The training is not just for adults. First Federal Savings also has a program for young children. They meet once a week for a story hour and are taught the importance of financial management at their age level. They are challenged each week to complete their school work or do extra chores to help out at home. When they accomplish tasks, they are given “play money” for a store that is set up with little trinkets they can buy with their play money. The prizes range from little token toys to bigger, more expensive items that a child can save up to purchase. One 6-year-old student asked if First Federal Savings could please put press-on nails in the store because she really wanted them.
Teenagers in these low-income areas are also encouraged to participate in the Financial Literacy program. They are given the opportunity to earn money toward a real savings account just like the adults, only they have the chance to make some extra cash on Thursday nights babysitting for the children of the parents attending the Financial Literacy adult classes.
One of the things that employees of First Federal Savings did not expect in volunteering for this program was the relationships that would result after leading discussion groups at the same tables with the same people for the 13-week course. The evening always starts with a meal provided by First Federal Savings, so there is a time to get to know each other over these shared meals and to discuss what is being taught, how the lessons are affecting their lives, and what changes they are going to make as a result.
One young woman with children was in an abusive relationship with a man she was living with. By the end of the 13-week course, she had built up confidence in her own abilities to escape her financial situation. She found the emotional support she needed from the table group she met with on a weekly basis at the community center and ended up leaving the man who was abusing her. She said that she could not have done it without the confidence gained from attending the class.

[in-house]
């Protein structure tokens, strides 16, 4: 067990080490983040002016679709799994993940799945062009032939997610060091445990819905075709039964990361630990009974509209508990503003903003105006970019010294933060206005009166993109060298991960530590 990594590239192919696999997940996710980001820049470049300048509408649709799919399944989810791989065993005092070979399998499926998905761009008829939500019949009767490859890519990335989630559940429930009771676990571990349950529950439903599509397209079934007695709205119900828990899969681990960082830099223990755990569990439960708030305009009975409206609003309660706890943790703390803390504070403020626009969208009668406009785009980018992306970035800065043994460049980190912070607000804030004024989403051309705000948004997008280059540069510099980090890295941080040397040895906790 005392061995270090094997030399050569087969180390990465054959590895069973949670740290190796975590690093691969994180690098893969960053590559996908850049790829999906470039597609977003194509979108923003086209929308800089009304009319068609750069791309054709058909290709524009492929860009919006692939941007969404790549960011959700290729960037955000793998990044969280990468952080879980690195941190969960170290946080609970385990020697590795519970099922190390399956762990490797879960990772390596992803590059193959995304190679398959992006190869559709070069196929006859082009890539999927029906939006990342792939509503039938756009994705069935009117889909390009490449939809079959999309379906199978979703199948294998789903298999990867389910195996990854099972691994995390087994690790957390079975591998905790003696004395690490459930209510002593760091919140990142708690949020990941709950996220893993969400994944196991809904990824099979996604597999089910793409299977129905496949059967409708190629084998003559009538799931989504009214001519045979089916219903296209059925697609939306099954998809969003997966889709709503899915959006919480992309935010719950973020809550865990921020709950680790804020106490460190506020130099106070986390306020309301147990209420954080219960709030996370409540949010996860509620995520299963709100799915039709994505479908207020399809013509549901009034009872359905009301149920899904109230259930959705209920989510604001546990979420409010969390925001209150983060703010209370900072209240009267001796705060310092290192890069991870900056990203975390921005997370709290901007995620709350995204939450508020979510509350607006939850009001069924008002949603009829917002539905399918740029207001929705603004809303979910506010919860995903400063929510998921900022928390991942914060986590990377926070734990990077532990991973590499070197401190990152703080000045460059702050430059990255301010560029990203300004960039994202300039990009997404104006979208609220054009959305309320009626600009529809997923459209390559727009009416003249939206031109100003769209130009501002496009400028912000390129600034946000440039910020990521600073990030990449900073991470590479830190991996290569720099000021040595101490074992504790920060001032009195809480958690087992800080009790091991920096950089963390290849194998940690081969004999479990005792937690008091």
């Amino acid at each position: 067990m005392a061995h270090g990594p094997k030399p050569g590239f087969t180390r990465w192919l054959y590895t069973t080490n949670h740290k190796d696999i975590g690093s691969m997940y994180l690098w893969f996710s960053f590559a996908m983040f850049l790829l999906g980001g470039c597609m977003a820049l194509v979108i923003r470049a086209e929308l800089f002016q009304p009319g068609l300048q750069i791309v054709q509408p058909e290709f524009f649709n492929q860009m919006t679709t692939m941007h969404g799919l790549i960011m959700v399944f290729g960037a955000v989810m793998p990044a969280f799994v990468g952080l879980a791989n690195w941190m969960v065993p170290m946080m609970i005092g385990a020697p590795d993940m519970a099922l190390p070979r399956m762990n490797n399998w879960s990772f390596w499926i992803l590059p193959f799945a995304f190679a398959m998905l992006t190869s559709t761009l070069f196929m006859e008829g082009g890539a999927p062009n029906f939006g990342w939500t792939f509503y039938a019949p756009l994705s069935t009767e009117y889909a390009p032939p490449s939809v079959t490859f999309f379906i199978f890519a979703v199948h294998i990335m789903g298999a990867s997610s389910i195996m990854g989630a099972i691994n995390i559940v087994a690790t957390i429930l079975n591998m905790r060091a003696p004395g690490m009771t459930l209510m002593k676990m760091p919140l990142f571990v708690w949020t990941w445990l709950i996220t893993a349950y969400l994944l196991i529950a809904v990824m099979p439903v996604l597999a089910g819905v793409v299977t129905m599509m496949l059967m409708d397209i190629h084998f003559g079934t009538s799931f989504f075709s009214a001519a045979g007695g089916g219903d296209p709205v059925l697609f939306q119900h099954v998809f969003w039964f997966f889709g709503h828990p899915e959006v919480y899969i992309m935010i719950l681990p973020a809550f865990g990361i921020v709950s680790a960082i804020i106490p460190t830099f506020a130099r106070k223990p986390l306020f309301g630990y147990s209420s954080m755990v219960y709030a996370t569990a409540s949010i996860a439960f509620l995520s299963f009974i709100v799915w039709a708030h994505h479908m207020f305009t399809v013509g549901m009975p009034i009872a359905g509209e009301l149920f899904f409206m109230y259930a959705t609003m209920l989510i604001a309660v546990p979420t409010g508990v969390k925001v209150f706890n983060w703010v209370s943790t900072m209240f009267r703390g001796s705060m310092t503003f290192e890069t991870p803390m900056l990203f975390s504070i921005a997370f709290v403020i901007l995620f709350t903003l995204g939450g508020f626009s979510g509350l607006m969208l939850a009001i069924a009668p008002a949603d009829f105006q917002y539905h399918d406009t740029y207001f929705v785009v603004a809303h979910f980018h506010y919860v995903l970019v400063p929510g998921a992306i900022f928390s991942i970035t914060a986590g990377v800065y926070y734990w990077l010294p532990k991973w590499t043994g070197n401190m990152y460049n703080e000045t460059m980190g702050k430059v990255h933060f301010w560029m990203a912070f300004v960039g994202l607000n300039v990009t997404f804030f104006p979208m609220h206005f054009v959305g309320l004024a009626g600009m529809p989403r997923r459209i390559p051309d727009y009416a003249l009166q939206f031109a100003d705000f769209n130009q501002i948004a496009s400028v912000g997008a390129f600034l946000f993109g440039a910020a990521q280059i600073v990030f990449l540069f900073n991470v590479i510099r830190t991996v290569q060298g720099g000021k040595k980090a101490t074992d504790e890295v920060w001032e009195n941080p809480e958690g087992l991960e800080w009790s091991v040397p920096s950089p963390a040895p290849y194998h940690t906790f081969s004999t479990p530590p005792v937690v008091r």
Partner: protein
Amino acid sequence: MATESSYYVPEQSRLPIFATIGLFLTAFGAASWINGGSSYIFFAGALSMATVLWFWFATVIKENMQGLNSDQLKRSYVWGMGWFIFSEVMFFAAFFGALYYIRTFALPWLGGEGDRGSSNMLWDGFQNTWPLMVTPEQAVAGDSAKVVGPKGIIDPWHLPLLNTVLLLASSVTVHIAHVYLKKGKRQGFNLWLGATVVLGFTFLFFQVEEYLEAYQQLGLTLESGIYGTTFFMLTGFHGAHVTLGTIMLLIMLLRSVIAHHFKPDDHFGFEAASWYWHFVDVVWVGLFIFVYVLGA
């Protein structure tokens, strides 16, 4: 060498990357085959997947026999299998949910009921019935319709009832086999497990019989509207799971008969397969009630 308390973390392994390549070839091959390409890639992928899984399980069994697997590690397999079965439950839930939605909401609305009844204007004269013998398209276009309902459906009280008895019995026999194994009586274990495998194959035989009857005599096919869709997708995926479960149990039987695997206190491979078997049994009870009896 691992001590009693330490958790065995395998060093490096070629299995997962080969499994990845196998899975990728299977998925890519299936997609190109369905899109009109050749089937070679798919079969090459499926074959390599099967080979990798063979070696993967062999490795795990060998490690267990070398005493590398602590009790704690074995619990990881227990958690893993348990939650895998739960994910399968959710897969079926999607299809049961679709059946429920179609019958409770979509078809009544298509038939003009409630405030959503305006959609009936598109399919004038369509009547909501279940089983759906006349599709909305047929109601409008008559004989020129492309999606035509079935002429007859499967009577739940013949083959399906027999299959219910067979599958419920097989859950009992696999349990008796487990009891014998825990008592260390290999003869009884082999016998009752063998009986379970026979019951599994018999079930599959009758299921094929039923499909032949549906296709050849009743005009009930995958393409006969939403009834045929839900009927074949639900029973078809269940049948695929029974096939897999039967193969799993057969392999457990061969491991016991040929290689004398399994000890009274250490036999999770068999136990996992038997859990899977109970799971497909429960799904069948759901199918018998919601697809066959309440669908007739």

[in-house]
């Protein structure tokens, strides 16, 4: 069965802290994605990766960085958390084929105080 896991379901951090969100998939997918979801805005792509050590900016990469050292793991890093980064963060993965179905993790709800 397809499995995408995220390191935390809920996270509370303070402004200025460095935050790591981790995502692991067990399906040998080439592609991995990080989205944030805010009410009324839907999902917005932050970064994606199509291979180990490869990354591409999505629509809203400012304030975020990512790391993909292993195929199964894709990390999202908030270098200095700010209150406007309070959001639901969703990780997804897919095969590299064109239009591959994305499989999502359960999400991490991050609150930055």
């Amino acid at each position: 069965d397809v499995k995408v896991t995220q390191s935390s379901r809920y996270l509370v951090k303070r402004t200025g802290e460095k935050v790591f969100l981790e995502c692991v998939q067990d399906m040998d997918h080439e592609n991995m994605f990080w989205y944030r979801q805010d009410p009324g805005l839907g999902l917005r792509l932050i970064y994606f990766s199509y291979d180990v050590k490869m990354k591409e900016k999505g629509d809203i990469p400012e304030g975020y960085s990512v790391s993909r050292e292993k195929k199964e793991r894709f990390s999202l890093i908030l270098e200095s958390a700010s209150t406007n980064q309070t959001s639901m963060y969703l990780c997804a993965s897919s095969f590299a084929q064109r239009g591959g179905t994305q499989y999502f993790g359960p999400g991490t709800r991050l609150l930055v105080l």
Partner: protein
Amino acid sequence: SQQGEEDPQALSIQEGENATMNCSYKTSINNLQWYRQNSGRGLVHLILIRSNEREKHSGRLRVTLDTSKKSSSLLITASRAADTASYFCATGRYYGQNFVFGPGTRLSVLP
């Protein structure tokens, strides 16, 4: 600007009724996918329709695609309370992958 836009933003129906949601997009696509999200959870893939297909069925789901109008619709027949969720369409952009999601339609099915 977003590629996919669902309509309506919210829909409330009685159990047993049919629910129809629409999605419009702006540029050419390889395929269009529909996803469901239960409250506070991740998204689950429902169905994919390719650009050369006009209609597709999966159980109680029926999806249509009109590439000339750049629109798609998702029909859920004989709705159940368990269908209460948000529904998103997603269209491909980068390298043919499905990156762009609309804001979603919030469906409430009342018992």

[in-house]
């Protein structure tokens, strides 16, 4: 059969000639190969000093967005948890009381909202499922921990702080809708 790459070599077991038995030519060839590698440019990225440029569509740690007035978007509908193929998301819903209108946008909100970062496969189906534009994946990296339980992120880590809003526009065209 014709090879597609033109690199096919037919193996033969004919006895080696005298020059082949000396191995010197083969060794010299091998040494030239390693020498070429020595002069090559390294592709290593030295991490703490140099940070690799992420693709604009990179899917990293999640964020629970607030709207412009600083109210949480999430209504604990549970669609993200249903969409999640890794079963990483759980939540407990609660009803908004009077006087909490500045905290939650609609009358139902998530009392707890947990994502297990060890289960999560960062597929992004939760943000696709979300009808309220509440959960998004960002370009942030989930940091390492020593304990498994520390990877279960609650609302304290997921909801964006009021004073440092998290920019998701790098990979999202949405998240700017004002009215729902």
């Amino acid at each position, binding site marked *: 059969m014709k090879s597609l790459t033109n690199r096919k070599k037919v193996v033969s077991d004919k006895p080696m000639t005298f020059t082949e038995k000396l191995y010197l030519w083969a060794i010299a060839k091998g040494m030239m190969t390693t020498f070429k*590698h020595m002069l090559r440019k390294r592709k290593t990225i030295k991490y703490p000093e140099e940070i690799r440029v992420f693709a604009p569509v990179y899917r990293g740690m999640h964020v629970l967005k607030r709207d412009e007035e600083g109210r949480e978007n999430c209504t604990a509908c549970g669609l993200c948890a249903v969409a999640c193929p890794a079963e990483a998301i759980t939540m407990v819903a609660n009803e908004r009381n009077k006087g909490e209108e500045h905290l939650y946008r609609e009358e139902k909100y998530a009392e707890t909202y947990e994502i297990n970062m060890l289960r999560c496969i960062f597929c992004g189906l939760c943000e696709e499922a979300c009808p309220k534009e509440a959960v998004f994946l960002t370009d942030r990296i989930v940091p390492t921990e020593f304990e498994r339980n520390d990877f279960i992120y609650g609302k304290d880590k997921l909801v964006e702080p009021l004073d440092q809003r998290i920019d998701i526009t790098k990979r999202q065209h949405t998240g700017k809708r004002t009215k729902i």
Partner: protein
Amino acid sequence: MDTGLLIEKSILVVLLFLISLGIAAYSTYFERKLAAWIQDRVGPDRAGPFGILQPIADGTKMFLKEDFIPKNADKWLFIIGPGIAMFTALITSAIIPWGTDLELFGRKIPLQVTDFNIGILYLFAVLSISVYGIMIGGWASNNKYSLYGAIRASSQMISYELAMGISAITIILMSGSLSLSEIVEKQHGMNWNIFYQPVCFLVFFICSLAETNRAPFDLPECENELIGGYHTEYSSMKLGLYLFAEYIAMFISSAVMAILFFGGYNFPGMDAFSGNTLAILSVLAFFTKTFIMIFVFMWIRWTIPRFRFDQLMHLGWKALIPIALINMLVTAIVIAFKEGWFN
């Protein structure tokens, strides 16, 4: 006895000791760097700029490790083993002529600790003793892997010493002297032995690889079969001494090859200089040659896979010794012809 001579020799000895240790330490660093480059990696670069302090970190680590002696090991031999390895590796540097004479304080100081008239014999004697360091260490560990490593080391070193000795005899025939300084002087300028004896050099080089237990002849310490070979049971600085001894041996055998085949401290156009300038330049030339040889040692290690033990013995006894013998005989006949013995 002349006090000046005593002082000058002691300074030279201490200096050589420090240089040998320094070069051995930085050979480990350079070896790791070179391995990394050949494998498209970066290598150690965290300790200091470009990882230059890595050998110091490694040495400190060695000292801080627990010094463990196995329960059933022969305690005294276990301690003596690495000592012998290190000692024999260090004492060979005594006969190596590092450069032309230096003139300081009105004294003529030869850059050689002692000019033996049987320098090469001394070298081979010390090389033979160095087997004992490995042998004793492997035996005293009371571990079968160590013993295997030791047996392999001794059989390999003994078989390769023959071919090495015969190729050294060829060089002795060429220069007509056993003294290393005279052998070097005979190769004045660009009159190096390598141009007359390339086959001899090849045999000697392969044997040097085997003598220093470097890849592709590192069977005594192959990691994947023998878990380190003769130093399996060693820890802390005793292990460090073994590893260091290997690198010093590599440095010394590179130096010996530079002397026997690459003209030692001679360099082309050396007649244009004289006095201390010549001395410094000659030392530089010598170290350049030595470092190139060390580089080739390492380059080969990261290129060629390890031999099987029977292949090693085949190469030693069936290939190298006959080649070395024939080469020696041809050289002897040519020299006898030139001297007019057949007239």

Another individual was living at the Center for the Homeless when he began the course. At the end of the course, he got a job, was able to set aside enough money to get his own apartment and moved in. His friends were so happy for him that two separate individuals gave him a television set for his new apartment. Since he had two, he gave one away. He told Maribeth Roncz, First Federal Savings volunteer, that he could not believe the great feeling he had when he was able to give away something that was his. He was never able to do that before, and that was truly a remarkable feeling.
Cathi Mills, a First Federal Savings employee from the Plymouth branch fell in love with the children in her Financial Literacy kids group. She and her family have built strong bonds with them and have even taken them on a day trip to the Plymouth race car park.
For the employees at First Federal Savings, the Financial Literacy program started out as something they “had to” do, but has turned out to be something they are passionate about, look forward to and give hours of their own time and resources to help run. They are excited to see the changes in the lives of the low-income families they are equipping with new financial skills.
One of the younger girls in the teen program proudly explained that she is not going to spend her money for a really long time, so she can save a whole lot of money.
“That,” Romy Shortz smiled and said, “is why we do what we do.”